The New Palm Phone

The Verge:

So to review: it’s a tiny phone to keep you from using your big phone, but it could do all the things your big one can do if you wanted (but you shouldn’t because the whole idea is to get you to be a little less obsessed with your phone). It’s like a phone for your phone. And Steph Curry helped design cases for it so you can strap it to your forearm during workouts. There are Kate Spade clutches for it, too.

Like I said: weird. But also: fascinating.

It’s funny how many similarities this device has with an Apple Watch. It is an accessory to your main phone. It is designed to make you more engaged with the world and less distracted by your phone, whilst still staying connected. It uses the same phone number as the primary phone, and is billed in the same way as an LTE Apple Watch too. Even the free-flowing home screen of icons shares a resemblance to the watchOS honeycomb app grid.

Opting out of a battle with the titans of the smartphone industry is probably a wise move. It’s nigh-impossible to see an opening in the Apple-Samsung high-end duopoly and the low end flood of Chinese Android phones at rock-bottom prices.

A casual communicator, phone-as-accessory, idea is certainly novel. I don’t know if Palm will be able to shake off the customer hesitation that arises because ‘they already own a phone’ though. It is hard to sell someone on the idea of owning, and paying for, a second flavour of something they already own. The Palm proposition is a hefty $350 handset purchase, plus $10 a month for the add-on contract. Smartwatches are different because they are distinct form factor products and offer a combination of unique features, like intimate health and fitness tracking, and convenience.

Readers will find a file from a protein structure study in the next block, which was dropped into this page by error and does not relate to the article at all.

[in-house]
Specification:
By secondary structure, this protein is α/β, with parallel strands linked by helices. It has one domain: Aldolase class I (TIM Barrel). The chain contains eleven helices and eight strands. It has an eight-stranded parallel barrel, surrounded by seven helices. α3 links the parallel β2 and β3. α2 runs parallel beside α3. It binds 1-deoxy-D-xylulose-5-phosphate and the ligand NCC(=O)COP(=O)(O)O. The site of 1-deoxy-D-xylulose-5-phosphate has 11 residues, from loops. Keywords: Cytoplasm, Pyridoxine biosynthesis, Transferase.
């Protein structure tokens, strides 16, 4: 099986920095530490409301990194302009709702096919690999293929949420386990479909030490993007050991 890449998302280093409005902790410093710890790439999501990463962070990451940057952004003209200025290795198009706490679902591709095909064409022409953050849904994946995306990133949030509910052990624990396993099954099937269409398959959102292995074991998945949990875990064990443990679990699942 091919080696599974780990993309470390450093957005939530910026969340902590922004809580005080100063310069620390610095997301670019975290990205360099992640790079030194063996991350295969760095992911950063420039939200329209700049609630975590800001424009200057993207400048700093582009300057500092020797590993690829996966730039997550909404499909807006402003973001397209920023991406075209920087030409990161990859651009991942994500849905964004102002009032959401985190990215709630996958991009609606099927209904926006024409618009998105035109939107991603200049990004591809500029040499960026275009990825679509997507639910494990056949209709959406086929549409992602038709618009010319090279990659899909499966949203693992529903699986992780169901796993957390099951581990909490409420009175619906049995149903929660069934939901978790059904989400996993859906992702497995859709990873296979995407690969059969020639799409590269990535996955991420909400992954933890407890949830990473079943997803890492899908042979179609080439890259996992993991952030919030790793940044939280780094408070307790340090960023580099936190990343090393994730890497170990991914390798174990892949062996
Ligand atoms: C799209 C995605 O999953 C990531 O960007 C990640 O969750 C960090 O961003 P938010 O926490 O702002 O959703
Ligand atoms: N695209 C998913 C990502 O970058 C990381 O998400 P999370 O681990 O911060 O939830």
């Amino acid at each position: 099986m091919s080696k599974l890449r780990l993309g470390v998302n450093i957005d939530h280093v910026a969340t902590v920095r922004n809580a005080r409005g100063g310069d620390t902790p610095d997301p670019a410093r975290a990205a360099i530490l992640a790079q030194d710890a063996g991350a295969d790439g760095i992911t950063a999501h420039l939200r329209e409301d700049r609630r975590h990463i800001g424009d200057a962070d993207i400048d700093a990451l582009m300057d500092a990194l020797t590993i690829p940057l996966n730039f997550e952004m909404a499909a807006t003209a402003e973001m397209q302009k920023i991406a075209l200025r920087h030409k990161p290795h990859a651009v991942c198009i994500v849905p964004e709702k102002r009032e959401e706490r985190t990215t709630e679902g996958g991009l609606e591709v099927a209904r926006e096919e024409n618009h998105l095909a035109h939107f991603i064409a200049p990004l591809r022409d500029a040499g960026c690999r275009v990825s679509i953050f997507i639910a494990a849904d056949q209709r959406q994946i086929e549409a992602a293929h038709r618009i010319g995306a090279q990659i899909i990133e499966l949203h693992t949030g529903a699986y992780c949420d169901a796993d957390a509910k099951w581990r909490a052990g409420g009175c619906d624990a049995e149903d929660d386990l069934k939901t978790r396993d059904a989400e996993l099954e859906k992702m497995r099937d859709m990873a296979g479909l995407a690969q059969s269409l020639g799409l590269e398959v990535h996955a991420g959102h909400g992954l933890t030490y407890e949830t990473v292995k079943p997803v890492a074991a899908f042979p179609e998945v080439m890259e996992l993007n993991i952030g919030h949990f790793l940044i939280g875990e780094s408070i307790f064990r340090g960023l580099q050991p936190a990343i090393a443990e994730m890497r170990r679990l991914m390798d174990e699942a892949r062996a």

Rather than aiming to be a secondary device, perhaps they should up the price to the $500-600 level and make the best standalone smartphone they can. Let the USP be that it is small and compact. Make the (modern) iPhone SE of Android phones. This is a market segment that is currently starving for anything new. All the big players are refusing to consider screen sizes smaller than 5 inches. I think there’s enough people who want something like that to carve a decent niche out of the overall phone market.